It's my turn to choose a book for the Slaves of Golconda readng group. As I was thinking about what to put on the list of choices, I remembered reading about a course called "Transatlantic Women Modernists" that Fernham is teaching and finding myself jotting down a bunch of books to add to my TBR list. So I thought perhaps others would find the list interesting too. My choices are drawn from that syllabus or this list.
So please vote on which book you would like to read by Friday, November 20th, and I'll tally the results. I thought it might make sense to delay our discussion until the end of January, instead of the end of December, so the discussion will begin on Sunday, January 31st.
- Nella Larson's Passing. From Amazon: "The tale is simple on the surface--a few adventures in Chicago and New York's high life, with lots of real people and race-mixing events described ... But underneath, it seethes with rage, guilt, sex, and complex deceptions. Irene fears losing her black husband to Clare, who seems increasingly predatory. Or is this all in Irene's mind? And is everyone wearing a mask? Larsen's book is a scary hall of mirrors, a murder mystery that can't resolve itself. It sticks with you."
- Stevie Smith's Novel on Yellow Paper. From Wikipedia: "Stevie Smith's first novel is structured as the random typings of a bored secretary, Pompey. She plays word games, retells stories from classical and popular culture, remembers events from her childhood, gossips about her friends and describes her family, particularly her beloved Aunt."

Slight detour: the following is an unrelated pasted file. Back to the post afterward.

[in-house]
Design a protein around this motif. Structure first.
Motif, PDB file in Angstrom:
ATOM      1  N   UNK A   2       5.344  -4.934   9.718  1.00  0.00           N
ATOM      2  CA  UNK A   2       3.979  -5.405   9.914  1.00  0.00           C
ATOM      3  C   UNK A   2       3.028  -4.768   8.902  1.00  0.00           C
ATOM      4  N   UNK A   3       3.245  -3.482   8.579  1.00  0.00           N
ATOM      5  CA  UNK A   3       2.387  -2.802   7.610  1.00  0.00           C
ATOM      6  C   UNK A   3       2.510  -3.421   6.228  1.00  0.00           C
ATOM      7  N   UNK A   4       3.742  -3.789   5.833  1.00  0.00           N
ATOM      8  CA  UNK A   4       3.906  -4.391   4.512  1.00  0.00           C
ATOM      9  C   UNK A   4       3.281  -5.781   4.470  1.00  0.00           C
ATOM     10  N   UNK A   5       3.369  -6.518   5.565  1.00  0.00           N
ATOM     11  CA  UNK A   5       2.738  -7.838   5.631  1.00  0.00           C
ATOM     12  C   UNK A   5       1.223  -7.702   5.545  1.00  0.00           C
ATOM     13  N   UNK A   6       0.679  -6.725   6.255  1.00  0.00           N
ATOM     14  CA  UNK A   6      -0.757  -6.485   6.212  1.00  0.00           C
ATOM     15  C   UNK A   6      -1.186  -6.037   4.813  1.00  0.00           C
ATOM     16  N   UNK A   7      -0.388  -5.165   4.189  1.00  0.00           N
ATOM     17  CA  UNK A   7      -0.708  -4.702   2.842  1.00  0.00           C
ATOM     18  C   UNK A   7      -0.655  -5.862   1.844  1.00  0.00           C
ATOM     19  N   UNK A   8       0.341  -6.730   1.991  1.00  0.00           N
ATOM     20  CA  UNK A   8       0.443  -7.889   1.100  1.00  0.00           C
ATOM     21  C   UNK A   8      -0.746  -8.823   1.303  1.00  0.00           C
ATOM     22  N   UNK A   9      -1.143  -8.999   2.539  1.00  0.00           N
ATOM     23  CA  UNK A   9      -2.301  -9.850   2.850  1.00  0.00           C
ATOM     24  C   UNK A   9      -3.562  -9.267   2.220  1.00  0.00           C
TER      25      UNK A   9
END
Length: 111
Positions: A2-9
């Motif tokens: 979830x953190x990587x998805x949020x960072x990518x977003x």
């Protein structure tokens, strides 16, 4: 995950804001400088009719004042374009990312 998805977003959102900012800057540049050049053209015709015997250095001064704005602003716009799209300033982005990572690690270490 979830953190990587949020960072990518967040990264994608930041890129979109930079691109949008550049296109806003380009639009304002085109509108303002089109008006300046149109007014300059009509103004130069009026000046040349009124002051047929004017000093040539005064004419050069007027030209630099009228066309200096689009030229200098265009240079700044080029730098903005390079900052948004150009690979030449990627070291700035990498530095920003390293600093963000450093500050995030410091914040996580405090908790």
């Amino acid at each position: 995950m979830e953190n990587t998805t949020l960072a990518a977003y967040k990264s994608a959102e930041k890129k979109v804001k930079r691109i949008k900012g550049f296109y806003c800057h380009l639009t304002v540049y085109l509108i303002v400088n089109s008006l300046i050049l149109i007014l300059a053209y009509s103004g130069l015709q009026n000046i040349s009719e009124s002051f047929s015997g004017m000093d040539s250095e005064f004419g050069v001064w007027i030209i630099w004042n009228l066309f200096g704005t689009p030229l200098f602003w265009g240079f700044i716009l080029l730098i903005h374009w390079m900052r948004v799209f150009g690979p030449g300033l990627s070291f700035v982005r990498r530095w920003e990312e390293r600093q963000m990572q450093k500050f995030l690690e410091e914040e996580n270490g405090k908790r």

- Jessie Fauset's There is Confusion. From Amazon: "Jessie Redmon Fauset's first novel shows a prescient awareness of the black middle class's quest for social equality in the early twentieth century and of the limited vocational choices confronting both black and white American women in that era. Set in Philadelphia some 60 years ago, There Is Confusion traces the lives of Joanna Mitchell and Peter Bye, whose families must come to terms with an inheritance of prejudice and discrimination as they struggle for legitimacy and respect."
- Sylvia Townsend Warner's Summer Will Show. Here's the beginning of Amazon's description: "Sophia Willoughby, a young Englishwoman from an aristocratic family and a person of strong opinions and even stronger will, has packed her cheating husband off to Paris. He can have his tawdry mistress. She intends to devote herself to the serious business of raising her two children in proper Tory fashion. Then tragedy strikes: the children die, and Sophia, in despair, finds her way to Paris, arriving just in time for the revolution of 1848."
I hope something here strikes your interest! Everyone is welcome to join us. Leave your email in the comments if you would like to join the group.